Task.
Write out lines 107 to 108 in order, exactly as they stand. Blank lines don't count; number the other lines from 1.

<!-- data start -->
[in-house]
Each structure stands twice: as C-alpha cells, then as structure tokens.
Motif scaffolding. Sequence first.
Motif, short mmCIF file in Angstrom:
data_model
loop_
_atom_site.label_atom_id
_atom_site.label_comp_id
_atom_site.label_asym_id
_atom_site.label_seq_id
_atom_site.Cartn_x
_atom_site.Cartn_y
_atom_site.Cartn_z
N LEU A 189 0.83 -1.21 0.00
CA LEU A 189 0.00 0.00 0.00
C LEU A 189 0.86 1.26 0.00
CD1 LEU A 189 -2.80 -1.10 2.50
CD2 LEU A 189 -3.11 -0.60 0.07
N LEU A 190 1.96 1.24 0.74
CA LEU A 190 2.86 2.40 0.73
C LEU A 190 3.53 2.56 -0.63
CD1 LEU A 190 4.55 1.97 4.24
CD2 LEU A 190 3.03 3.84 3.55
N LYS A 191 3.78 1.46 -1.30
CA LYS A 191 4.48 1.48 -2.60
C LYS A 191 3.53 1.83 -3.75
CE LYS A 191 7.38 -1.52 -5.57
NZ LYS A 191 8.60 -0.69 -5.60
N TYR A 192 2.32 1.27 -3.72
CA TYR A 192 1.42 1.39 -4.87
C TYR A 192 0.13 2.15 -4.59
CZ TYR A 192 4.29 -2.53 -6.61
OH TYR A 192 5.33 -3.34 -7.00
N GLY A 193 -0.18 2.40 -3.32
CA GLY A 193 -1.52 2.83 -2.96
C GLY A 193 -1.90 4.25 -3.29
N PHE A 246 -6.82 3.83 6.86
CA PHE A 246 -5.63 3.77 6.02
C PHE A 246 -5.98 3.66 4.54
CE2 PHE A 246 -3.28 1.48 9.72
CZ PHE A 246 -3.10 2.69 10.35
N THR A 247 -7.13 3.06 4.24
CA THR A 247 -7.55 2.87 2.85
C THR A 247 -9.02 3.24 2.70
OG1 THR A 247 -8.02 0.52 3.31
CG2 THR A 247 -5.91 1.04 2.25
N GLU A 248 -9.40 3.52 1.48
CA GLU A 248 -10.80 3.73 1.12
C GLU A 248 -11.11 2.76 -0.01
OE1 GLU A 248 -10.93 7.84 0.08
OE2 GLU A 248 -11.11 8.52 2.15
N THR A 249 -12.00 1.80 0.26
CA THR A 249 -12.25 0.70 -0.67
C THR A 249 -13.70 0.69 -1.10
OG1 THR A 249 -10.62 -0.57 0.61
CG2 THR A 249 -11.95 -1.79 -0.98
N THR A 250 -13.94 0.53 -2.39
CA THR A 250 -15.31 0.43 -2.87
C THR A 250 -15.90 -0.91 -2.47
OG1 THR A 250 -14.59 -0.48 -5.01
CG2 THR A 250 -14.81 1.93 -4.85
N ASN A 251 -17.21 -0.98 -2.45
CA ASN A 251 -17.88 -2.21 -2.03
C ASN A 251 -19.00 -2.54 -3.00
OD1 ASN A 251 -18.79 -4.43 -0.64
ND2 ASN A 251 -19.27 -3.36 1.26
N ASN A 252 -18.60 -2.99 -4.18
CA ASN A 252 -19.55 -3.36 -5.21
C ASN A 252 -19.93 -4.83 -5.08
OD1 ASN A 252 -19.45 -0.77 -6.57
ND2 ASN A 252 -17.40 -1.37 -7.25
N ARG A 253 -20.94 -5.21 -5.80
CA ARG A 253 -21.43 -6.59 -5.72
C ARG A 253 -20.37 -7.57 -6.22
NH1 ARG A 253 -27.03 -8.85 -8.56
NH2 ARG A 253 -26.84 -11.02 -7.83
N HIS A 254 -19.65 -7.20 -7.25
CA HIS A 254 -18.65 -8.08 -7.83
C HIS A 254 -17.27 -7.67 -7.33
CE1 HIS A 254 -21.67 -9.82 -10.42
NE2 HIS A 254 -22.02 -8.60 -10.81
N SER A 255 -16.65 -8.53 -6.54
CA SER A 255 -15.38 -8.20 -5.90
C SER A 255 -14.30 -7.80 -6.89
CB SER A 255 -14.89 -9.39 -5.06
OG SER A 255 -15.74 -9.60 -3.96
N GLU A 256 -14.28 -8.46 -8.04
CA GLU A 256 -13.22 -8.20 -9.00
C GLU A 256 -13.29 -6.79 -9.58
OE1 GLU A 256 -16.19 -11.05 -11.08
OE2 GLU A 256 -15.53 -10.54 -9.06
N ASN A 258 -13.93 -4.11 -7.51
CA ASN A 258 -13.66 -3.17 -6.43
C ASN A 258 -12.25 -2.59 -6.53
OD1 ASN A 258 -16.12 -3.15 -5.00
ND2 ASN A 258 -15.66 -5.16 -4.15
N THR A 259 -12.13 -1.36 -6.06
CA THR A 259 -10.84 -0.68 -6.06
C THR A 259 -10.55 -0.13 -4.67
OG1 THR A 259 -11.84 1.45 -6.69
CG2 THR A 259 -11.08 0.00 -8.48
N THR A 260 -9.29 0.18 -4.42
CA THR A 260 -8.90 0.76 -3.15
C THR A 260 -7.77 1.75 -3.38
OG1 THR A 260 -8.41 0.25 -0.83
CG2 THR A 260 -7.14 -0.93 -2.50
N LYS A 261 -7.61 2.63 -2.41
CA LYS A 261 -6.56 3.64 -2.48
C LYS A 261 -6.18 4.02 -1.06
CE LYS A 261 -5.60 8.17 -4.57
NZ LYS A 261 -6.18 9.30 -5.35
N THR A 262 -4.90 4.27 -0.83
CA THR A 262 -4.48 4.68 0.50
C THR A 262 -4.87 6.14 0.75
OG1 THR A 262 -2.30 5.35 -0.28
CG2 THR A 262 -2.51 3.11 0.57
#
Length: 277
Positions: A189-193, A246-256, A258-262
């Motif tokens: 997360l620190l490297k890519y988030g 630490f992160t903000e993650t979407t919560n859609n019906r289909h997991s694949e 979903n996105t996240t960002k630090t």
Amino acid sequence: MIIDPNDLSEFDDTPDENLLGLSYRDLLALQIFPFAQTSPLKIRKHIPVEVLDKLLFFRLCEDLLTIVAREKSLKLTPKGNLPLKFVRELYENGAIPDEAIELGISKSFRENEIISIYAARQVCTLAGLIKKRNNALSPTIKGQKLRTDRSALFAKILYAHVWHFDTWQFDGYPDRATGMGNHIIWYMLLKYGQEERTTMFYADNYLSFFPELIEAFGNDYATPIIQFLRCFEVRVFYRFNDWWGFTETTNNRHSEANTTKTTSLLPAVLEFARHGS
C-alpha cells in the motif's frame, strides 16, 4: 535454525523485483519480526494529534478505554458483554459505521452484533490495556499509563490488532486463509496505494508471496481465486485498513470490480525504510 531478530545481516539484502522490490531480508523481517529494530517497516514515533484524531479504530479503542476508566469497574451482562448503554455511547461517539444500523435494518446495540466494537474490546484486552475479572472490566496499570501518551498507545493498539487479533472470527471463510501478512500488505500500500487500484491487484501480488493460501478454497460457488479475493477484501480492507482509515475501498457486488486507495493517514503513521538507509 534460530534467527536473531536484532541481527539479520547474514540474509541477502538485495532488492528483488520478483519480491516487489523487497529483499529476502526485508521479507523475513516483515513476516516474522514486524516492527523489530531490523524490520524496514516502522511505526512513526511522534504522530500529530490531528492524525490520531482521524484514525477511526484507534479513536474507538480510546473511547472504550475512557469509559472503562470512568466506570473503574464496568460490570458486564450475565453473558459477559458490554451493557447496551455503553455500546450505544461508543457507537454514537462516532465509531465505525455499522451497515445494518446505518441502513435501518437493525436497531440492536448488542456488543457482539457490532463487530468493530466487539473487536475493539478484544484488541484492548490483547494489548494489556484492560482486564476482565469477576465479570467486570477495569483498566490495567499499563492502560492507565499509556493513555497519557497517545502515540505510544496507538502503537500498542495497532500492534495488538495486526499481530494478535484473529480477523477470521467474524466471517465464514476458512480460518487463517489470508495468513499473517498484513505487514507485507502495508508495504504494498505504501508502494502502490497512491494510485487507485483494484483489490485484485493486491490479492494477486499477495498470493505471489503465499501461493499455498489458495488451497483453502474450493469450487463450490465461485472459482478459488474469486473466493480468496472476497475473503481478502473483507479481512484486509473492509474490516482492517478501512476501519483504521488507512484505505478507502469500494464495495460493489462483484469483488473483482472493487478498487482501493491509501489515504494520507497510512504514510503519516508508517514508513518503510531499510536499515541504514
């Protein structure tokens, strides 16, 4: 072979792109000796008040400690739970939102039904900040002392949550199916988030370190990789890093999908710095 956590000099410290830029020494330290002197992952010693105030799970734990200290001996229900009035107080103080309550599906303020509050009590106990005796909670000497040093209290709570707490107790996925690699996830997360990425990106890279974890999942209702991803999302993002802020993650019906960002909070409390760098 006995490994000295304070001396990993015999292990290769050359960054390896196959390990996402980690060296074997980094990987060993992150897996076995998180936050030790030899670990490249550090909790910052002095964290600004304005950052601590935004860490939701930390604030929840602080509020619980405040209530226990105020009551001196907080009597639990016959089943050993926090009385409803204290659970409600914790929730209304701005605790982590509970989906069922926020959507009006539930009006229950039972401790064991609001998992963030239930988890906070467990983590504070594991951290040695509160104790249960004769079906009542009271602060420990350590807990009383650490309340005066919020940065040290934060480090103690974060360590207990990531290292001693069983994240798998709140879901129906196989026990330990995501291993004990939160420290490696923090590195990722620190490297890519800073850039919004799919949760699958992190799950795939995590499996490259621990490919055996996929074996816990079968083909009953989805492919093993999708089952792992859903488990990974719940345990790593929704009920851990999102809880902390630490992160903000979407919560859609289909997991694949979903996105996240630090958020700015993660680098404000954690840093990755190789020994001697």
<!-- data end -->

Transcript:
N LYS A 261 -7.61 2.63 -2.41
CA LYS A 261 -6.56 3.64 -2.48